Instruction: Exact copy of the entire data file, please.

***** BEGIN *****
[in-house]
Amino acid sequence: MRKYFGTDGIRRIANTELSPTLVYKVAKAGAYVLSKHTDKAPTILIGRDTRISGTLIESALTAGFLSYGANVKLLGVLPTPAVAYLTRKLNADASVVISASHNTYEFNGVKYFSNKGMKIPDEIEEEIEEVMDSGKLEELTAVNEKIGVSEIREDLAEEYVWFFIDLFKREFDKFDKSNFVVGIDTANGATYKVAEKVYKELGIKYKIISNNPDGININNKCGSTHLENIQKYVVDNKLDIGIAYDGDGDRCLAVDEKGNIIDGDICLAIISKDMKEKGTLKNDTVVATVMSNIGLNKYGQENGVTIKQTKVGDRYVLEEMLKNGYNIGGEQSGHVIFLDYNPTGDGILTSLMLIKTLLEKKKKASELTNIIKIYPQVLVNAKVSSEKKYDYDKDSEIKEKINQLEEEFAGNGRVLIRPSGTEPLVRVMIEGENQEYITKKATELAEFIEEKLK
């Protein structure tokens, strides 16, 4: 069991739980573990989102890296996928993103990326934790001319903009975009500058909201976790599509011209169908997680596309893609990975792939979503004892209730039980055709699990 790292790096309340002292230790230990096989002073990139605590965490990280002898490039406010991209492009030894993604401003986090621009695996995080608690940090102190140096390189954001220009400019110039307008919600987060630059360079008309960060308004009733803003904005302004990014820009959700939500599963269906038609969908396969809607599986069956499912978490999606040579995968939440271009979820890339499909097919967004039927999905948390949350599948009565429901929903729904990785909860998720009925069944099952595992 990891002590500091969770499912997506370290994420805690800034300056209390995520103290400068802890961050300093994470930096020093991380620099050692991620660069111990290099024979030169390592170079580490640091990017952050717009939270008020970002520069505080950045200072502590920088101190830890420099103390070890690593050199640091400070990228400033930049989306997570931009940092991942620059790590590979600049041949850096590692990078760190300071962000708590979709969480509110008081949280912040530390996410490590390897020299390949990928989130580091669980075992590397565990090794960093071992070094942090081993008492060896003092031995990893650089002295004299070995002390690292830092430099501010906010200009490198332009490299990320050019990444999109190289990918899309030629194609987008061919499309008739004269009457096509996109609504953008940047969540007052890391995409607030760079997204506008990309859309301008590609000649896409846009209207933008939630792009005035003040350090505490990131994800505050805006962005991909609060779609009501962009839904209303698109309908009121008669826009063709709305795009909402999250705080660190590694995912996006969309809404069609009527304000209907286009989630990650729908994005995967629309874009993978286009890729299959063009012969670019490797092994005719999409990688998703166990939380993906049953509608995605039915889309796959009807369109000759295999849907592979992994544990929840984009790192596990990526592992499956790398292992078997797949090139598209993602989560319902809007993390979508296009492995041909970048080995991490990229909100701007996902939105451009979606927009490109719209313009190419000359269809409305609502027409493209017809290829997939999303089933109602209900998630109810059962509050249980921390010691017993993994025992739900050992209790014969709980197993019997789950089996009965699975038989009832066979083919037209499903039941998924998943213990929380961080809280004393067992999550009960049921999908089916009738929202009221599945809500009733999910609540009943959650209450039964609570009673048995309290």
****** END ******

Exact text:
[in-house]
Amino acid sequence: MRKYFGTDGIRRIANTELSPTLVYKVAKAGAYVLSKHTDKAPTILIGRDTRISGTLIESALTAGFLSYGANVKLLGVLPTPAVAYLTRKLNADASVVISASHNTYEFNGVKYFSNKGMKIPDEIEEEIEEVMDSGKLEELTAVNEKIGVSEIREDLAEEYVWFFIDLFKREFDKFDKSNFVVGIDTANGATYKVAEKVYKELGIKYKIISNNPDGININNKCGSTHLENIQKYVVDNKLDIGIAYDGDGDRCLAVDEKGNIIDGDICLAIISKDMKEKGTLKNDTVVATVMSNIGLNKYGQENGVTIKQTKVGDRYVLEEMLKNGYNIGGEQSGHVIFLDYNPTGDGILTSLMLIKTLLEKKKKASELTNIIKIYPQVLVNAKVSSEKKYDYDKDSEIKEKINQLEEEFAGNGRVLIRPSGTEPLVRVMIEGENQEYITKKATELAEFIEEKLK
């Protein structure tokens, strides 16, 4: 069991739980573990989102890296996928993103990326934790001319903009975009500058909201976790599509011209169908997680596309893609990975792939979503004892209730039980055709699990 790292790096309340002292230790230990096989002073990139605590965490990280002898490039406010991209492009030894993604401003986090621009695996995080608690940090102190140096390189954001220009400019110039307008919600987060630059360079008309960060308004009733803003904005302004990014820009959700939500599963269906038609969908396969809607599986069956499912978490999606040579995968939440271009979820890339499909097919967004039927999905948390949350599948009565429901929903729904990785909860998720009925069944099952595992 990891002590500091969770499912997506370290994420805690800034300056209390995520103290400068802890961050300093994470930096020093991380620099050692991620660069111990290099024979030169390592170079580490640091990017952050717009939270008020970002520069505080950045200072502590920088101190830890420099103390070890690593050199640091400070990228400033930049989306997570931009940092991942620059790590590979600049041949850096590692990078760190300071962000708590979709969480509110008081949280912040530390996410490590390897020299390949990928989130580091669980075992590397565990090794960093071992070094942090081993008492060896003092031995990893650089002295004299070995002390690292830092430099501010906010200009490198332009490299990320050019990444999109190289990918899309030629194609987008061919499309008739004269009457096509996109609504953008940047969540007052890391995409607030760079997204506008990309859309301008590609000649896409846009209207933008939630792009005035003040350090505490990131994800505050805006962005991909609060779609009501962009839904209303698109309908009121008669826009063709709305795009909402999250705080660190590694995912996006969309809404069609009527304000209907286009989630990650729908994005995967629309874009993978286009890729299959063009012969670019490797092994005719999409990688998703166990939380993906049953509608995605039915889309796959009807369109000759295999849907592979992994544990929840984009790192596990990526592992499956790398292992078997797949090139598209993602989560319902809007993390979508296009492995041909970048080995991490990229909100701007996902939105451009979606927009490109719209313009190419000359269809409305609502027409493209017809290829997939999303089933109602209900998630109810059962509050249980921390010691017993993994025992739900050992209790014969709980197993019997789950089996009965699975038989009832066979083919037209499903039941998924998943213990929380961080809280004393067992999550009960049921999908089916009738929202009221599945809500009733999910609540009943959650209450039964609570009673048995309290």